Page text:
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State Sen. Bill Ketron shoulders much of the blame for recent election blunders that call into question the intention of the Murfreesboro lawmaker and Republican colleagues who fired election administrators across the state and delayed a law meant to improve elections.
Reported election mishaps in Rutherford, Davidson, Hawkins, Maury and Shelby counties have revealed troubling problems in Tennessee and the Republicans responsible for conducting those elections, according to Tennessee Democratic Party Chairman Chip Forrester.
“Mr. Ketron and the Republican leadership in the General Assembly should apologize to all Tennesseans for mishandling elections in this state,” Forrester said. “People, regardless of their party affiliation, expect their votes to be counted correctly.
“Using wrong voter files, miscounting ballots, and not even opening voter precincts at all like over in Rutherford County do not provide many of us with confidence in the election process, which is the bedrock of our democracy. It appears the Republicans responsible for running our elections are either grossly incompetent or trying to manipulate election results.”
Ketron sponsored the bill that delayed until 2012 the Tennessee Voter Confidence Act, which required all county election commissions to make the switch to optical scan machines and paper ballots before the November 2010 elections. More than $30 million in federal funding has been set aside to purchase the new machines.
“If we had those machines in place earlier this month and Republicans hadn’t fired so many experienced election administrators, we likely would not have encountered as many problems,” Forrester said. “Republicans flat out lied when they said the purchase of these new machines would be a financial burden to county governments.”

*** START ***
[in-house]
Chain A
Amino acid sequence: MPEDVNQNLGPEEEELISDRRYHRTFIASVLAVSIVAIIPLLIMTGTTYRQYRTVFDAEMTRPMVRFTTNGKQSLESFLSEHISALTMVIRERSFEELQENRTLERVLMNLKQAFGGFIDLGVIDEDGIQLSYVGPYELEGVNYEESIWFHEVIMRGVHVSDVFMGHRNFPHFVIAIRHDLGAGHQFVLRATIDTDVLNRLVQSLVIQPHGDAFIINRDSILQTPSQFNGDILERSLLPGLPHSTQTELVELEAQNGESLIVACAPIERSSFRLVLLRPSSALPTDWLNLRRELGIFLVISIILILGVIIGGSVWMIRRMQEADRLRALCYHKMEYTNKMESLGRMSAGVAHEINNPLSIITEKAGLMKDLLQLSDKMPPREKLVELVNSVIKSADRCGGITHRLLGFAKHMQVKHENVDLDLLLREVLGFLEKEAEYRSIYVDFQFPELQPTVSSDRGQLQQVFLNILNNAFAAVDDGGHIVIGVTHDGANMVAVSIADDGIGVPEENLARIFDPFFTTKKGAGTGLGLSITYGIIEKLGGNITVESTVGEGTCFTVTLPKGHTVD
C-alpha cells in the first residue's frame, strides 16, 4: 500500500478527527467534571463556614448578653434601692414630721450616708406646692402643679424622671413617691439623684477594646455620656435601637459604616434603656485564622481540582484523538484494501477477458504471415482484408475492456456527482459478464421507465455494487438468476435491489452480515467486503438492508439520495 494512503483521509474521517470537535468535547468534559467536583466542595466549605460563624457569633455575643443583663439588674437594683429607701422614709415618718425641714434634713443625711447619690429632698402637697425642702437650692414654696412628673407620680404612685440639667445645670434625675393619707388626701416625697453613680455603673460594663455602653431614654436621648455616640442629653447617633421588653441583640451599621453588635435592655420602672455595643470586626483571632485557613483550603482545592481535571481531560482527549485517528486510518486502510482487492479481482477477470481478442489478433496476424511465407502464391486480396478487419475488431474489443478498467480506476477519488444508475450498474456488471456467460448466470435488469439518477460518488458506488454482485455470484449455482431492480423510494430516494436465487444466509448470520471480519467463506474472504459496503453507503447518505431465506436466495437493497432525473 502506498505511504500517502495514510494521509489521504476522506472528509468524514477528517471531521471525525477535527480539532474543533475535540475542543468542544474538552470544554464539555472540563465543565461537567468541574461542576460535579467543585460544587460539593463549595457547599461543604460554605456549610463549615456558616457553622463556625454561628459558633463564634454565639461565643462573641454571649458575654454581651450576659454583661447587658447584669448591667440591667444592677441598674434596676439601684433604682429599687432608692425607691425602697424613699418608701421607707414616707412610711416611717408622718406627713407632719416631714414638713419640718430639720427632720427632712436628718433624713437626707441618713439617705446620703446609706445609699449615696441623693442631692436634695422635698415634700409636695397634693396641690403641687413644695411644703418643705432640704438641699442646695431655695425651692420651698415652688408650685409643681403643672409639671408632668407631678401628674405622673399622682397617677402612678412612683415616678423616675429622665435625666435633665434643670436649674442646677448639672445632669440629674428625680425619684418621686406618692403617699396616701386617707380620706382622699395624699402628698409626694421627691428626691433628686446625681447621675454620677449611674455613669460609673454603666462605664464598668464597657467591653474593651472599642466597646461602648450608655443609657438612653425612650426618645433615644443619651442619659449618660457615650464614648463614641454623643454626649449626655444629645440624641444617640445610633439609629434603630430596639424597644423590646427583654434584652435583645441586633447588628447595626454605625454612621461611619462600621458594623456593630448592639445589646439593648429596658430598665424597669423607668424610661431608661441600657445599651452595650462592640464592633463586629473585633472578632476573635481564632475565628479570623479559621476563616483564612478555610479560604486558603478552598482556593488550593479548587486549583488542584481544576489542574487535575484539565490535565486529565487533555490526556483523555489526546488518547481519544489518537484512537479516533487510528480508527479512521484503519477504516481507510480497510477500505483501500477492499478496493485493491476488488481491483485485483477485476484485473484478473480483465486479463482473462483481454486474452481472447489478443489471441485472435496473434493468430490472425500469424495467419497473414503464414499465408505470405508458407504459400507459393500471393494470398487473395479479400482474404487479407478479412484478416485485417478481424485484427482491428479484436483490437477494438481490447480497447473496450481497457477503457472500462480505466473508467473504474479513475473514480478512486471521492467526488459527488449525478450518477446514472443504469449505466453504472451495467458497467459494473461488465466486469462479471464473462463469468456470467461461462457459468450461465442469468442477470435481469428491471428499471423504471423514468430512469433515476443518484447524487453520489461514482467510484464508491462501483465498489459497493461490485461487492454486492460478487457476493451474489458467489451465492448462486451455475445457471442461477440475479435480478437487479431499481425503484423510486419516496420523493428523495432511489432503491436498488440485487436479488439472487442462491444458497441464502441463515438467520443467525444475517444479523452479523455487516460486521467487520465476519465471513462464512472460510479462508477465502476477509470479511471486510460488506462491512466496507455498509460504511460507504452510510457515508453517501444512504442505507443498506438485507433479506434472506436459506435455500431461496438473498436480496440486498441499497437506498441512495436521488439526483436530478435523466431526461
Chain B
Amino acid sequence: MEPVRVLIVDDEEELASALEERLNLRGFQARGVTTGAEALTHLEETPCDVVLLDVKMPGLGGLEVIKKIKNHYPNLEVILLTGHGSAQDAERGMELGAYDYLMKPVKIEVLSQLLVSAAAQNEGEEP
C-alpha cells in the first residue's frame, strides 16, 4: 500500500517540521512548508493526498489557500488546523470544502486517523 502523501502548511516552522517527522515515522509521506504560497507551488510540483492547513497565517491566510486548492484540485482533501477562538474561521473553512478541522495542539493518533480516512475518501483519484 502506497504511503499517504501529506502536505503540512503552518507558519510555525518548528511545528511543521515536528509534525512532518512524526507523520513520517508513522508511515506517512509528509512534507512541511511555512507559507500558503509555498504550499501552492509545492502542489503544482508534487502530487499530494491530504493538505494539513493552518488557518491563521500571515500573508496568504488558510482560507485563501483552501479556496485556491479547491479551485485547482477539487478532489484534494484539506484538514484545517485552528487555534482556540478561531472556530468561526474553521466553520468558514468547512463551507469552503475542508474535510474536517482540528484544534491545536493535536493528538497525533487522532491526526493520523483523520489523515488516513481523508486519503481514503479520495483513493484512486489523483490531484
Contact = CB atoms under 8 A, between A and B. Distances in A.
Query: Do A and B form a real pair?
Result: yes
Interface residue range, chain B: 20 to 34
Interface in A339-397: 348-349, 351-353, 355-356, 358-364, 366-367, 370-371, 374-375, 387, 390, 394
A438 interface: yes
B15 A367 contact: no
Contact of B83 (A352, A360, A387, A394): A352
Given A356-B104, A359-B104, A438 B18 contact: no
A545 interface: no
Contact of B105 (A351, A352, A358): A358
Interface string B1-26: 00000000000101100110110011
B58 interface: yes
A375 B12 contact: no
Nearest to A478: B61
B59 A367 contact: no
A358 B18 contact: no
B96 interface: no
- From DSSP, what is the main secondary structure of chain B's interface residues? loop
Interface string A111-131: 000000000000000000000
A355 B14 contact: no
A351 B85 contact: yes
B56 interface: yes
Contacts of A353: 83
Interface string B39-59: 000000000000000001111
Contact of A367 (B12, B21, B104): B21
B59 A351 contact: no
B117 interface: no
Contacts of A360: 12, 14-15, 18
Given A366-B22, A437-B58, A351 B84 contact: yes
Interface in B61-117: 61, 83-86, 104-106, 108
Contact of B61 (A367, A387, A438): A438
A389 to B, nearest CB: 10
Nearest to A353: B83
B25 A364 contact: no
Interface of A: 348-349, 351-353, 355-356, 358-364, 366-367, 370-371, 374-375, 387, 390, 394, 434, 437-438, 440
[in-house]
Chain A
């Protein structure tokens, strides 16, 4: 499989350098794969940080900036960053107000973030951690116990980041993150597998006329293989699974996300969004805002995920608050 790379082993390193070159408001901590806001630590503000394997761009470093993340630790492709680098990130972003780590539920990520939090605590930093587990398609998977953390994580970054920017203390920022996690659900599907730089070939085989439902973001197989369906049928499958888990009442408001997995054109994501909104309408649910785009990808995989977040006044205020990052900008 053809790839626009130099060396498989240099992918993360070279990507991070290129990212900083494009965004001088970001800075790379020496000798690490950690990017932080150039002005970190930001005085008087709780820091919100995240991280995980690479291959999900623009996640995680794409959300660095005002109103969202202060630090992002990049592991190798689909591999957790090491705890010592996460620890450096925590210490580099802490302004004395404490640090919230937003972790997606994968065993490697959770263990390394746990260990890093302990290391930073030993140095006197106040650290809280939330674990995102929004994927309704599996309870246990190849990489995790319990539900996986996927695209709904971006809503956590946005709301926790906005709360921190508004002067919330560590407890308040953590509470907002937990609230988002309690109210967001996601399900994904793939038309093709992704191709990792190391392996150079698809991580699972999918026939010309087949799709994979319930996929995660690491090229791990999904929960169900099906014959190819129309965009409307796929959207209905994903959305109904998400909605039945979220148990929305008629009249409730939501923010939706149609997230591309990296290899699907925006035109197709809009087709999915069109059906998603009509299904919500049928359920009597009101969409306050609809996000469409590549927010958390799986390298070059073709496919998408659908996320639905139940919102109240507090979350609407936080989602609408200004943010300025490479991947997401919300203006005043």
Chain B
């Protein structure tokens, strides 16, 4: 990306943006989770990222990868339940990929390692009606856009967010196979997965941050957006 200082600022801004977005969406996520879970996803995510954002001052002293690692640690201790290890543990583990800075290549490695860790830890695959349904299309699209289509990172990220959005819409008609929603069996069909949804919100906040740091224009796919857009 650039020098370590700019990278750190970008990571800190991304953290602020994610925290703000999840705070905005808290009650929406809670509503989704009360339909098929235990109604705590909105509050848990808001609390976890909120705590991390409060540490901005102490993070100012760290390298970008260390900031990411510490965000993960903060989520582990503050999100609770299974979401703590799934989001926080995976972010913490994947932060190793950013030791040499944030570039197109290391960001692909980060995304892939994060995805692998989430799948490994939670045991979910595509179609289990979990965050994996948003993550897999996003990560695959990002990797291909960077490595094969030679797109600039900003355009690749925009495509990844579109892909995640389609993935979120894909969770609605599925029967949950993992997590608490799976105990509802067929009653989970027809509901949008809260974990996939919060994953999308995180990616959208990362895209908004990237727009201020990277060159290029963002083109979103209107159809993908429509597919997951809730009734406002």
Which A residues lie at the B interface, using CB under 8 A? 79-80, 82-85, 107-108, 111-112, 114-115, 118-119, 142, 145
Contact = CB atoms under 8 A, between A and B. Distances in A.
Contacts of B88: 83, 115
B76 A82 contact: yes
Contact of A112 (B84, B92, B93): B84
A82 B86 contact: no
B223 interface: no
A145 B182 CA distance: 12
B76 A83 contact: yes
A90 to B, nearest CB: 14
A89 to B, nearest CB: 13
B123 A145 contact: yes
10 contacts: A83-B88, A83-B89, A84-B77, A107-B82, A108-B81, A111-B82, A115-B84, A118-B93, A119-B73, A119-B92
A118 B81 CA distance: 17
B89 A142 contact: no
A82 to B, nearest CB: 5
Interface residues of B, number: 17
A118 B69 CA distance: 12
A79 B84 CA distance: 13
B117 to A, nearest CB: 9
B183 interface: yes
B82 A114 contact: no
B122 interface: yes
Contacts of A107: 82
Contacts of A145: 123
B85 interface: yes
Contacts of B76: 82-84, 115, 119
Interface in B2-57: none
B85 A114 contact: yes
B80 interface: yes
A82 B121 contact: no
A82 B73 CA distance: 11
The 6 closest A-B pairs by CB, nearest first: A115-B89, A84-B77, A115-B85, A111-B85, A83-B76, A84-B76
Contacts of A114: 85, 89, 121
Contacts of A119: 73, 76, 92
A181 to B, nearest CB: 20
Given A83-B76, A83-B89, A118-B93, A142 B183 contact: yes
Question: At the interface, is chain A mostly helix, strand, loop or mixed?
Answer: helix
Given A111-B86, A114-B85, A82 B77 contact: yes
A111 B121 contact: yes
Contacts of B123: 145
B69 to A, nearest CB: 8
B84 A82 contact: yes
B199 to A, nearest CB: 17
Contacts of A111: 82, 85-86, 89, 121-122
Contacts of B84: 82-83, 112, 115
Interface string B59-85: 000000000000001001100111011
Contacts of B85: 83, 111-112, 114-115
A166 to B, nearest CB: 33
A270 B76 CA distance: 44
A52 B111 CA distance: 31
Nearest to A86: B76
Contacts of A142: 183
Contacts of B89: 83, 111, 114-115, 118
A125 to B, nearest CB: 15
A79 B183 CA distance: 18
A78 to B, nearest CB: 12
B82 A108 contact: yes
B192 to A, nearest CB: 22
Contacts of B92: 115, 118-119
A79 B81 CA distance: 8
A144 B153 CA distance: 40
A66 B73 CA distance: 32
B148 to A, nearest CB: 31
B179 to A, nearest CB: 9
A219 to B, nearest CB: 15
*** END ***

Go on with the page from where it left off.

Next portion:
Republicans took control of local election commissions in all 95 counties after the November 2008 elections, firing many county election administrators soon thereafter and threatening to fire Rutherford County Election Administrator Hooper Penuel, as well.
A federal lawsuit was filed on behalf of Penuel and several other county election administrators in Tennessee contending Republicans violated their constitutional rights by conspiring to treat their jobs as political patronage. Penuel has settled his claim with the Rutherford County Election Commission and will retire at the end of the year.
“Conducting fair and accurate elections is not a partisan issue,” Forrester said. “It is at the core of this country’s foundation. Instead of disenfranchising voters we should be encouraging as many citizens as we can to get involved in the process. Mr. Ketron appears to be more worried about playing partisan politics and taking care of special interests than he is about governing responsibly.”
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